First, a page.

Kings to play Super Rugby in 2013

The Southern Kings will be included in Super Rugby in 2013, but how they will be accommodated has not been decided yet.

Saru CEO Jurie Roux confirmed the news at the Springbok coach announcement in Newlands on Friday afternoon, where Heyneke Meyer was unveiled as Peter de Villiers’ successor. While the main focus from the national media was on Meyer’s appointment, keo.co.za got clarification from Roux about the Kings’ Super Rugby future.

‘There were many topics discussed at our executive meeting. On the Southern Kings specifically, it has been decided that they will play in Super Rugby in 2013, and this was supported by all parties concerned,’ Roux told this website. ‘However, we haven’t decided on how we will accommodate them with the five other South African franchises. We will bring this up at our AGM [annual general meeting] in March, and have further discussions with our partners at Sanzar about how we will accommodate six teams. We will also allow the Southern Kings to give their suggestions for possible solutions.’

The fact that the Eastern Cape has been given definite Super Rugby participation is a great step forward for the national sport and for a province that’s rich in black talent and has been starved of top quality rugby. However, with Saru confirming this news without a decided solution is a major concern.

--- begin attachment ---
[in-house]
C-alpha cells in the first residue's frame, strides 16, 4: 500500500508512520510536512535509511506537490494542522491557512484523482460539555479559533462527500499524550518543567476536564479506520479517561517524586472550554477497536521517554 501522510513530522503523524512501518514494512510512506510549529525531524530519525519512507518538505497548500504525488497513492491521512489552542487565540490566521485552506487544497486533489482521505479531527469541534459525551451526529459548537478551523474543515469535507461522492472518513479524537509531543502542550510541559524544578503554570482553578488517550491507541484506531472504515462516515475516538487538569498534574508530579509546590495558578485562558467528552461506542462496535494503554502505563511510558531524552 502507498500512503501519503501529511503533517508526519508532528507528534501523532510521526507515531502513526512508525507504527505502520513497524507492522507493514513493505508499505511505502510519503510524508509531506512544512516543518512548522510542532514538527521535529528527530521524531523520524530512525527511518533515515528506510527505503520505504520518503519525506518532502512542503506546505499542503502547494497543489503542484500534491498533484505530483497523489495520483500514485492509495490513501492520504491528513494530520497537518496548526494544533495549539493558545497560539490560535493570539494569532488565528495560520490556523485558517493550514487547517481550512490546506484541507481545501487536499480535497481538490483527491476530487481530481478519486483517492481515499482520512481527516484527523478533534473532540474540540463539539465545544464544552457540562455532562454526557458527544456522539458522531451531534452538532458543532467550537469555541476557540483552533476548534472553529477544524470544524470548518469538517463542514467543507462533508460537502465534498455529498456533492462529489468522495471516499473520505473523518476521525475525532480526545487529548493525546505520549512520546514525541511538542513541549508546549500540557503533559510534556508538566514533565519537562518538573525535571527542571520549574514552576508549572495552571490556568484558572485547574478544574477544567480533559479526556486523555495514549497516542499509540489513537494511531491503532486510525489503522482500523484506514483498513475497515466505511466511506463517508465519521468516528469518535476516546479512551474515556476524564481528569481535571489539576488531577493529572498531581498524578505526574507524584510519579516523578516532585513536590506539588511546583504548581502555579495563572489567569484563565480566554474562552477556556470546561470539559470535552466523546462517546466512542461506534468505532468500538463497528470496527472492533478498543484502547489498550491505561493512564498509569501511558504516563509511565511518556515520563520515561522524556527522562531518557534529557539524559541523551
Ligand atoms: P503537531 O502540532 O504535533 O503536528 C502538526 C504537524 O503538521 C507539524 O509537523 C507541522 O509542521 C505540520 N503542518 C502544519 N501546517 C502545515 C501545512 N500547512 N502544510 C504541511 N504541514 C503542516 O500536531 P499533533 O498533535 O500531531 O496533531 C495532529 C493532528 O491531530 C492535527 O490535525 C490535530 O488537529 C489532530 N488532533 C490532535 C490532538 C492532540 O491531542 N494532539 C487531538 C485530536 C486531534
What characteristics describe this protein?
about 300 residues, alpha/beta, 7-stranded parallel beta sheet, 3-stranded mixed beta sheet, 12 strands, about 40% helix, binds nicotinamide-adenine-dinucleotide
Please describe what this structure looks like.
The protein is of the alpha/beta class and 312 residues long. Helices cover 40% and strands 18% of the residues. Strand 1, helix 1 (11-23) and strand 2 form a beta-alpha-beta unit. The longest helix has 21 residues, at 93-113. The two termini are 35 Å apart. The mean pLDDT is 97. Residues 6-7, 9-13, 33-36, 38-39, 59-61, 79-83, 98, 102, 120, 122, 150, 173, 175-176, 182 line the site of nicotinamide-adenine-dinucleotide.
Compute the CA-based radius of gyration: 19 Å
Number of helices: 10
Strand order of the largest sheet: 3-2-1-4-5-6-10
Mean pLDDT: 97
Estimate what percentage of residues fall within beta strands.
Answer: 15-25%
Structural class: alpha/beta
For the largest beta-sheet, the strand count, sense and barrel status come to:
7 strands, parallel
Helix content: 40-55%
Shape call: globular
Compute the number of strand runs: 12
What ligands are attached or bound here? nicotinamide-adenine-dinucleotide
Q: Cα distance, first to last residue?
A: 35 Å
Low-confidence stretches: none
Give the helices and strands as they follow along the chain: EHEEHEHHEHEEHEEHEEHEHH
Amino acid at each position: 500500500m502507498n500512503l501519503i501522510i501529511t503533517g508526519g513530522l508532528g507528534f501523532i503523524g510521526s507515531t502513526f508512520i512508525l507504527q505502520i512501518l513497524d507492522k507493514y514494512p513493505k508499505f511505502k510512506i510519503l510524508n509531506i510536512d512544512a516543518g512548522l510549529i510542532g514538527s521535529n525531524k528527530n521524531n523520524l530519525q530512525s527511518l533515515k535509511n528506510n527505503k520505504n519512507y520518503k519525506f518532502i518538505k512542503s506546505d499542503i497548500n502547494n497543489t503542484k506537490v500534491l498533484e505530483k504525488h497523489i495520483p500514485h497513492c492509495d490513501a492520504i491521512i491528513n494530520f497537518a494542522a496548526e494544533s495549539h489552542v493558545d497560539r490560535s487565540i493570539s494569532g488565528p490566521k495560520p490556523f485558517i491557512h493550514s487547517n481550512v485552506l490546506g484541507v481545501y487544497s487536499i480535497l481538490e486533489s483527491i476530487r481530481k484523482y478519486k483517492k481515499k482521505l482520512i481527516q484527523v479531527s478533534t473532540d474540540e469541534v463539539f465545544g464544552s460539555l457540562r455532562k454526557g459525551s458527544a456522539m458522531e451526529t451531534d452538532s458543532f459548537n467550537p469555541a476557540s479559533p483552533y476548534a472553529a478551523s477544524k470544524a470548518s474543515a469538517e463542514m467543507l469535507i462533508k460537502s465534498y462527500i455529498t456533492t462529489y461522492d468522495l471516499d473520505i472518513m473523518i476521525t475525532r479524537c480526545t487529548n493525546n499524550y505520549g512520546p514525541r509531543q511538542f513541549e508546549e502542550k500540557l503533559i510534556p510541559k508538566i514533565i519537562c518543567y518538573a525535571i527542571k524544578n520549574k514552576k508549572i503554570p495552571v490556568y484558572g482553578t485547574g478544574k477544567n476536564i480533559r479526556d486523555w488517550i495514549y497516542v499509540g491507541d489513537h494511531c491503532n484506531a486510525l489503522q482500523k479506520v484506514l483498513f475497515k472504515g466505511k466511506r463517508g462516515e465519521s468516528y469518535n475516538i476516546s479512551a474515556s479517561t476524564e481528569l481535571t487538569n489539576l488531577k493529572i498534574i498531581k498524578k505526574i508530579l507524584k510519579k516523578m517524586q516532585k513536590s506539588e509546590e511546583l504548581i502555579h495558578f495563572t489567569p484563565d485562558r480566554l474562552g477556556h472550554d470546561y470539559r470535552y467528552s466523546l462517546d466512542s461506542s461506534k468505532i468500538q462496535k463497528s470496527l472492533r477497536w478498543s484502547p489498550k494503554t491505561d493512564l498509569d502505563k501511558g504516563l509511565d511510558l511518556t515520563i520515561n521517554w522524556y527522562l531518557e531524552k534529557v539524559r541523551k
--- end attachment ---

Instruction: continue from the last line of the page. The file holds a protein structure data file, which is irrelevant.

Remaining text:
With this decision to come into effect next season, how does Saru plan to accommodate their six franchises should Sanzar decline the proposal of including all teams in an already extended and lengthy tournament format? Will the Cheetahs and Lions’(South Africa’s least successful franchises) Super Rugby participation be under threat? Will they be forced to return to the Cats amalgamation initiative or duel in promotion/relegation play-offs?

A complex decision like this should’ve been finalised before the Kings’ Super Rugby participation was confirmed. Saru will now be pressurised in finding a solution that will ensure the happiness of all parties. The chances of achieving that, however, is highly unlikely.

Meanwhile, EP president Cheeky Watson, who was one of the several union bosses present at the press conference, said he was delighted with the Kings’ Super Rugby inclusion.

‘That is the main prize and we are delighted,’ said Watson. ‘Whether Saru is late in deciding on how they will accommodate us is debatable. The most suitable solution would be to have all six franchises playing Super Rugby.

‘The Southern Kings can only grow from here now,’ he continued. ‘We have struggled to recruit top-class players in the past because you have to be playing Super Rugby to be in contention for Springbok selection. And that’s a requirement for the best players. But knowing that we will definitely play in next year’s tournament will help us build a strong and competitive squad.’

By Gareth Duncan